Douglas Fir Santa pattern on plywood - how I did it

The blog posts:

Here's the project from start to finish.

I've been looking for one of these life-size Douglas Fir Plywood Santa patterns, and I finally found one on ebay at a good price in August.(Hint: don't try to buy one of these between late November and Christmas time, you can find them in the off season and save significant money.  The santa pattern has sold for more than $100 in late November.

These patterns, and similar ones featuring reindeer, a sleigh, a choir, and a nativity scene, were offered by a group that promoted the sale of Douglas Fir Plywood. You glue the paper pattern to outdoor plywood then seal it and cut it out with a jigsaw. 

In August I picked up a 55-year old Douglas Fir Plywood Santa pattern that you glue to plywood, cut out and assemble to make an outdoor Santa.  He looks something like the old Santa in the Coca Cola ads of the 1950s and 60s.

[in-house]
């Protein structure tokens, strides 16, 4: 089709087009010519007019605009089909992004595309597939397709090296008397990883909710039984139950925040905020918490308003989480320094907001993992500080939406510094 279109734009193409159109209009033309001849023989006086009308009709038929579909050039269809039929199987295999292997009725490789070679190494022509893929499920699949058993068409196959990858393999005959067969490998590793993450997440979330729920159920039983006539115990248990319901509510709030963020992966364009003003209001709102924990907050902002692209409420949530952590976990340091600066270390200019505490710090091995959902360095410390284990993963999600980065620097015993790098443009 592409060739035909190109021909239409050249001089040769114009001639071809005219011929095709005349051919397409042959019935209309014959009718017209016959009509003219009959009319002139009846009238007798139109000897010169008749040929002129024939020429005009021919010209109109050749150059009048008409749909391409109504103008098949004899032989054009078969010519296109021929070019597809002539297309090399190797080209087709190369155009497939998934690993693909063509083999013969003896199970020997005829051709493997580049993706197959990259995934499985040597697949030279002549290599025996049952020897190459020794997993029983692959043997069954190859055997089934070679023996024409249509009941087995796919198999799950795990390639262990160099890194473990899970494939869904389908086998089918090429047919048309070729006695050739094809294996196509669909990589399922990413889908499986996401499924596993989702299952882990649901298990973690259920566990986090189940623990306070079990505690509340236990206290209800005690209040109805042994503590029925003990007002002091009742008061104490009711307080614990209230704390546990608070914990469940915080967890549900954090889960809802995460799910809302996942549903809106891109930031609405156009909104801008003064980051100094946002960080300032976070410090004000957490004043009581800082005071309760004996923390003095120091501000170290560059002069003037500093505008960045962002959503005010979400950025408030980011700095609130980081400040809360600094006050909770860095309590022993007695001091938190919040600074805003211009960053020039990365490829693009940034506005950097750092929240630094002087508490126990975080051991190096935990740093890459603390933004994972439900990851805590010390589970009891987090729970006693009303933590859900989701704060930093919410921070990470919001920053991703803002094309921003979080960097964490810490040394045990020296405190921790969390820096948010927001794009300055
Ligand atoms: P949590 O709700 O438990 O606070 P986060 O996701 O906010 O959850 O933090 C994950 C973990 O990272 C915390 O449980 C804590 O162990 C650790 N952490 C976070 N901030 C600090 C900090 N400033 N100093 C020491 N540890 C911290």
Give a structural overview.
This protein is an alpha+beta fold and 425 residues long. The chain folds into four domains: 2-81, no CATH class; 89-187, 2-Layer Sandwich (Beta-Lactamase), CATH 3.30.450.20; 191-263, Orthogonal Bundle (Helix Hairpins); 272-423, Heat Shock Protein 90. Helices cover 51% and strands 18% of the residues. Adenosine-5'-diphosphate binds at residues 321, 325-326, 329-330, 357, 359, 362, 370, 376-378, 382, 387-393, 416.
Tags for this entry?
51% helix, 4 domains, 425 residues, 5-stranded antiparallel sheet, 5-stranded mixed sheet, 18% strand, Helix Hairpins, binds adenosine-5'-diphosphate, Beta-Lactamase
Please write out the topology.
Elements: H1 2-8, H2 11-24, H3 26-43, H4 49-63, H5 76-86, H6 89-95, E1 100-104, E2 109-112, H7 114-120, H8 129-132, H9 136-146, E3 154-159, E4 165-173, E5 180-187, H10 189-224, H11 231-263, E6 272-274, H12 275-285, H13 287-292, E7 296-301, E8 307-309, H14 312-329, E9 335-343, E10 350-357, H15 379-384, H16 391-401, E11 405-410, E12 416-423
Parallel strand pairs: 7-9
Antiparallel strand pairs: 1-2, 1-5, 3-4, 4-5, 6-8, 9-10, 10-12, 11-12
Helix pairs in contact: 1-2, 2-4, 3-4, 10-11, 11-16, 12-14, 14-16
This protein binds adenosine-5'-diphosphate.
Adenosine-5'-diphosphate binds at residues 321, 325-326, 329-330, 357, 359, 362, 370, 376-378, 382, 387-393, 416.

Here's my cheat sheet to tell me how and where to attach the pieces when it's ready to assemble.  Two arms, the head, a bag o' toys, and a mustache have to be attached.

I put off buying the plywood until I got the correct glue to use with the paper pattern.  I  ended up finding this stuff through Amazon.

 To get started, I bought a sheet of half-inch treated plywood to use as the backing (the big box stores don't usually have doug fir plywood, so  I substituted with the treated plywood).  First I got out the sawhorses and used some leftover white stain on what will be the back of the Santa.  I did this to make the back more presentable when it's finished.

The stain drys quickly, so after about 90 minutes I flipped the plywood over and used my belt sander with 120 grit paper to smooth out the surface I wanted to glue the paper onto.  I used compressed air to blow the sawdust off and then moved the sawhorses and plywood into the basement for gluing.

The glue comes in a powder that you mix with warm water.  I guessed on the amount, and ended up with a good bit left over.  Unfortunately, once it's mixed it won't keep for use some other time.  But, better to have too much than run out in the middle of the gluing process.

I cut out the Santa pattern pieces, then laid them out on the plywood and traced around them quickly with a pencil.  I think this was a smart move, because it allowed me to spread the glue onto the plywood only where I needed it.  I also rolled glue onto the back of each piece in turn, then pressed it down onto the wood.